Nessa Carey

About 50 years ago, scientists developed techniques for altering the genome of living organisms.  We've achieved a huge amount with these technologies and their descendants, but the methods were always relatively cumbersome and slow.  It as also really difficult to apply them to unusual species.

In 2012, researchers created a new technology called gene editing.  They re-engineered a defence system that had evolved to protect bacteria from repeated attack by viruses.  In its new form, this system had amazing capabilities.  It could change the DNA of any species with a speed, accuracy, precision and ease never before developed.  Once the change is made, it persists in all daughter cells.

What organism would you like to alter?  Pig, monkey, dog, mosquito,wheat, salamander, ant?  Yep, all feasible and all done.  Human?  No reason why not, and has probably already happened in China.  A human and all their children, grandchildren and future descendants - in theory, absolutely.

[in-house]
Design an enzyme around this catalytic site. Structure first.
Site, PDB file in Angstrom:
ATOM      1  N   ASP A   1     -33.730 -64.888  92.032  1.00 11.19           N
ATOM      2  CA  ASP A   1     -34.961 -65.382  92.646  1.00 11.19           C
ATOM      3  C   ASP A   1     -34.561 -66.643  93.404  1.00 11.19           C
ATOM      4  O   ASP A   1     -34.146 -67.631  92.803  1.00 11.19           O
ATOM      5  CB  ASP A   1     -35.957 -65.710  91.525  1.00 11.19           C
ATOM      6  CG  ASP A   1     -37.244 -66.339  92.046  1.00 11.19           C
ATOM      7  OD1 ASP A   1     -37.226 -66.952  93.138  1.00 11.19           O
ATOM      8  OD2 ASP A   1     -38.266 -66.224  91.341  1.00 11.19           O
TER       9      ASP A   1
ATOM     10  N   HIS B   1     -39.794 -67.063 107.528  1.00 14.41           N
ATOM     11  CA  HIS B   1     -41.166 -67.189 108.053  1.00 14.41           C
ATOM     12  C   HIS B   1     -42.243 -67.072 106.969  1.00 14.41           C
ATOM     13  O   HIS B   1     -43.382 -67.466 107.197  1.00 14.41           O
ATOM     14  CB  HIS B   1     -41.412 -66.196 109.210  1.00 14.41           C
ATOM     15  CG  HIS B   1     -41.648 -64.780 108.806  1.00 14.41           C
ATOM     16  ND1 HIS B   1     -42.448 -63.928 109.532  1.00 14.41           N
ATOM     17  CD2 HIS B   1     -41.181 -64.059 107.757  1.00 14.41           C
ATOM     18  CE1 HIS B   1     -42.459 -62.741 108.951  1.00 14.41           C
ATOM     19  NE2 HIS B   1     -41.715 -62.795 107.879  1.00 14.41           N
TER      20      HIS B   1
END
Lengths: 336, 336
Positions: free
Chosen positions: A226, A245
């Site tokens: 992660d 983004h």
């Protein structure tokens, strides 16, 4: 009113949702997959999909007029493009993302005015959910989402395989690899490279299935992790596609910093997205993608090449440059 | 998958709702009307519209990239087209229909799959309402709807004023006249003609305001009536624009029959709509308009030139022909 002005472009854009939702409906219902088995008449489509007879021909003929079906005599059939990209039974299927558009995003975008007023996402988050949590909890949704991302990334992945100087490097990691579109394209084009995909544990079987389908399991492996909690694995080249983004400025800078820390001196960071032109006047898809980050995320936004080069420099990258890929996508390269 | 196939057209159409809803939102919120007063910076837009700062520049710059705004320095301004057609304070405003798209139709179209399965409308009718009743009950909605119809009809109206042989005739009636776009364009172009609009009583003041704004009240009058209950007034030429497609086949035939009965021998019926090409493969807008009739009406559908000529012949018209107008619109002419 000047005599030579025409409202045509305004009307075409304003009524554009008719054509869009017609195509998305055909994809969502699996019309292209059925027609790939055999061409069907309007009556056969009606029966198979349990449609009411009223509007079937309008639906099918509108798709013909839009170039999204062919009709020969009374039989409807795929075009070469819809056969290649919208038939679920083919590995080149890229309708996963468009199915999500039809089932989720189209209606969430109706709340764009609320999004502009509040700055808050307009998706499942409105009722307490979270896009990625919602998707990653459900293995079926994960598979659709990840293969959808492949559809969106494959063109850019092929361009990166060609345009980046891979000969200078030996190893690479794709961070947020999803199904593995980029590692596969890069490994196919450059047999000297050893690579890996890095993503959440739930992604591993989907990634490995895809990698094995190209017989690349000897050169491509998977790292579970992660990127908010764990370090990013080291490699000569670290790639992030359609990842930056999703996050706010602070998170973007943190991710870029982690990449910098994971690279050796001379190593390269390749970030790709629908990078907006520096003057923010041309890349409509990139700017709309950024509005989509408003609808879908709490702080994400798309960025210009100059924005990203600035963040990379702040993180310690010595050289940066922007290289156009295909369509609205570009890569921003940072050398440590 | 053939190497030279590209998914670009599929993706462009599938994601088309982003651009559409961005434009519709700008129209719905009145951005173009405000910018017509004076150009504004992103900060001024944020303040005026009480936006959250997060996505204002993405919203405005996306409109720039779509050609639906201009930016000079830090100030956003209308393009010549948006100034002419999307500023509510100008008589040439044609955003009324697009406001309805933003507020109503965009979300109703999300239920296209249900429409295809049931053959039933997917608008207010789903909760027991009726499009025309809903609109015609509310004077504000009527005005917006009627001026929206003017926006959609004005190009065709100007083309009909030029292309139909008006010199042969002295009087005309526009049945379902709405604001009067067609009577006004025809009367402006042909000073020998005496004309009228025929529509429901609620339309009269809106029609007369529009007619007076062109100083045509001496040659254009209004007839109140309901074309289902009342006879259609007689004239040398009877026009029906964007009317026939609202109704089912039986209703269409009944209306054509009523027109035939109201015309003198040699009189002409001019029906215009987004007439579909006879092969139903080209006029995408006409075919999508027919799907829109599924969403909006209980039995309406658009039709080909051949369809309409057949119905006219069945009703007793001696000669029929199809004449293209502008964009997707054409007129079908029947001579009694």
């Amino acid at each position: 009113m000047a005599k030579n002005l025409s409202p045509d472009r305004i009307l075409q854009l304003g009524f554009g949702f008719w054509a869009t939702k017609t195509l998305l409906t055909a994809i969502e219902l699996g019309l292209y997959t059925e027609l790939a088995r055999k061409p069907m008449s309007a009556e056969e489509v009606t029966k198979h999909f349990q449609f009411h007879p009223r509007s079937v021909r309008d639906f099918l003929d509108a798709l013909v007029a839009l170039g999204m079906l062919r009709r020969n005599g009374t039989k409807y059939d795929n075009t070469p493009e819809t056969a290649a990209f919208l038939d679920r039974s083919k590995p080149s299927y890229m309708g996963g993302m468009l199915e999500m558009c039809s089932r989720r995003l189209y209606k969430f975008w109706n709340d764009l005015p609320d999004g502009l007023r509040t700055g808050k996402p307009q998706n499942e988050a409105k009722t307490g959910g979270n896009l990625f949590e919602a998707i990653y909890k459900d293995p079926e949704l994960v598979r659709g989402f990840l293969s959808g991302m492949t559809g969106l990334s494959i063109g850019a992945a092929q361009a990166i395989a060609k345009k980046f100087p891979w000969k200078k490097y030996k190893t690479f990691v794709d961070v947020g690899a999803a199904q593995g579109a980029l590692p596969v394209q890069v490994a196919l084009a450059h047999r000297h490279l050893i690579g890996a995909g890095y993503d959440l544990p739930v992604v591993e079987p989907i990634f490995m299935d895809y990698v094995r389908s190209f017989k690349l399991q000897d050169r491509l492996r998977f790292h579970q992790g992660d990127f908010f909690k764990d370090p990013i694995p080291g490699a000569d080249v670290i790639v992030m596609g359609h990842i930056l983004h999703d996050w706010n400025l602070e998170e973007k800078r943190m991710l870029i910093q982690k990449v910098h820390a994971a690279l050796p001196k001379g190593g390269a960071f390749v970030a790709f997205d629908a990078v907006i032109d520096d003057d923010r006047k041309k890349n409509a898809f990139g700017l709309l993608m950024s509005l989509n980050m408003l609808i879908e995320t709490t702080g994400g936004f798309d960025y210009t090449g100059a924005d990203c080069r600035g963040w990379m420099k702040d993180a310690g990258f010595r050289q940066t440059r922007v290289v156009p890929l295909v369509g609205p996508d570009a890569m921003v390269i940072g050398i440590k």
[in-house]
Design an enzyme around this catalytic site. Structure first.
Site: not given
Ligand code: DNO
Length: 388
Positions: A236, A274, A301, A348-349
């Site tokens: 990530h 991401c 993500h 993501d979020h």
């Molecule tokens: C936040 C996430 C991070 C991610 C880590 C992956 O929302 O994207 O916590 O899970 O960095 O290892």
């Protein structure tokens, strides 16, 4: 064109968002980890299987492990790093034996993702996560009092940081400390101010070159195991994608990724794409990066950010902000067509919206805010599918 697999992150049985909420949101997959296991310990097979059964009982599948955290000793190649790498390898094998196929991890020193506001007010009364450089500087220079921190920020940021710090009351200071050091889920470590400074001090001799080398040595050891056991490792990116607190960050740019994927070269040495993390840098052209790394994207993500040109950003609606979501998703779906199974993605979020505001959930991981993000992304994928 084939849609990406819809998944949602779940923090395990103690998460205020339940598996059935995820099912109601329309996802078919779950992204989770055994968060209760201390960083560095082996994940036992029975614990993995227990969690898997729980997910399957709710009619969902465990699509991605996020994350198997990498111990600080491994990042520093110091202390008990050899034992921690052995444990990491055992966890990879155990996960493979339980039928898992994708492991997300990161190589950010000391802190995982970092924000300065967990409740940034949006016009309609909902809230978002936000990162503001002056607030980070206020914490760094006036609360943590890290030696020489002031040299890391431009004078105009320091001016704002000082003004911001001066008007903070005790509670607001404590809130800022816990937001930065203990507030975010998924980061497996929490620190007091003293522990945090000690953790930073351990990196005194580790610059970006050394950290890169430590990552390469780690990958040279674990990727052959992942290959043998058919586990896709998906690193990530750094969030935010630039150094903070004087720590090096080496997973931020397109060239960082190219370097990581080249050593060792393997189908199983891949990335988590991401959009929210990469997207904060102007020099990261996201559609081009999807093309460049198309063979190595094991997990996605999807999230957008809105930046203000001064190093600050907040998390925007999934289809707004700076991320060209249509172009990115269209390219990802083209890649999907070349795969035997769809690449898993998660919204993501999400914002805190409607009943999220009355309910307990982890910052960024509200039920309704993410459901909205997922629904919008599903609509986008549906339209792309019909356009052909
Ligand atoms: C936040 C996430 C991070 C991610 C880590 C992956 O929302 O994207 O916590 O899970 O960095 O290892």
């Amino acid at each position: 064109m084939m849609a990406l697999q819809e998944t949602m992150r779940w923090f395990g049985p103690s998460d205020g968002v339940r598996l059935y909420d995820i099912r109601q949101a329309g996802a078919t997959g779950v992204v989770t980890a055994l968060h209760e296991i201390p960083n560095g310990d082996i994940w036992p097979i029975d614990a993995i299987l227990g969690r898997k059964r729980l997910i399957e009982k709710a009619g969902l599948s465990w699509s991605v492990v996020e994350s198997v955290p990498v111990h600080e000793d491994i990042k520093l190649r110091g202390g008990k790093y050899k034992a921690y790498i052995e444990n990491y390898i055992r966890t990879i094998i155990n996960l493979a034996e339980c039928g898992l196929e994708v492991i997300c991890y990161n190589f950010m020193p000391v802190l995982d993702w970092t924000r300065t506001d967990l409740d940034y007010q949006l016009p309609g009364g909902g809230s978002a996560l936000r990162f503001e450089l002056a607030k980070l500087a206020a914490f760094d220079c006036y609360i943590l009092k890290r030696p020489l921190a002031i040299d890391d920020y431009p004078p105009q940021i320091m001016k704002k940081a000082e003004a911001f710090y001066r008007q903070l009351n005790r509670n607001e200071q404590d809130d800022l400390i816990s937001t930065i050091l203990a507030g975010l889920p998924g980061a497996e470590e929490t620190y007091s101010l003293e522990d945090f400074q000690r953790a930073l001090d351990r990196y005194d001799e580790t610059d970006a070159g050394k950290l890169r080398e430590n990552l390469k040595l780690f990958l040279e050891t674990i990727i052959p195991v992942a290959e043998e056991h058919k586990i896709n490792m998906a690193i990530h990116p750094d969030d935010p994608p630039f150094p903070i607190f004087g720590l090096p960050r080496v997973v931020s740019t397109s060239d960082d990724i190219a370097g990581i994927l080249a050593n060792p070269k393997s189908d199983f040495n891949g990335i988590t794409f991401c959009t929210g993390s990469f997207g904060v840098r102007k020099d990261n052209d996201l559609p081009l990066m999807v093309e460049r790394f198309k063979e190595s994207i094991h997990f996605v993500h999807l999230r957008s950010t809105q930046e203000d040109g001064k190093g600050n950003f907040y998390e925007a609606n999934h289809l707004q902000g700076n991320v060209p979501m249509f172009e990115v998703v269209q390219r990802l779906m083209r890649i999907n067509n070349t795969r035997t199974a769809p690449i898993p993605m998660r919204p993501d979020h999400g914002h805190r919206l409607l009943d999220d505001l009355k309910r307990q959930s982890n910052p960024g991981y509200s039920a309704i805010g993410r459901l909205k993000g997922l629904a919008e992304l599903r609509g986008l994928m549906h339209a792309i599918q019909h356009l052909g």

But the very ease of gene editing is worrying some observers.  It's so simple to use that there is little to stop the average citizen from doing it, if they really want to.   Better food, transplant organs from pigs, eradication of invasive species, a cure for sickle cell disease and changing the wing patterns of butterflies. 

All this plus lawyers getting rich in the fight over who owns the technology, and some polite but pointed jockeying for the Nobel Prize.  It's all here.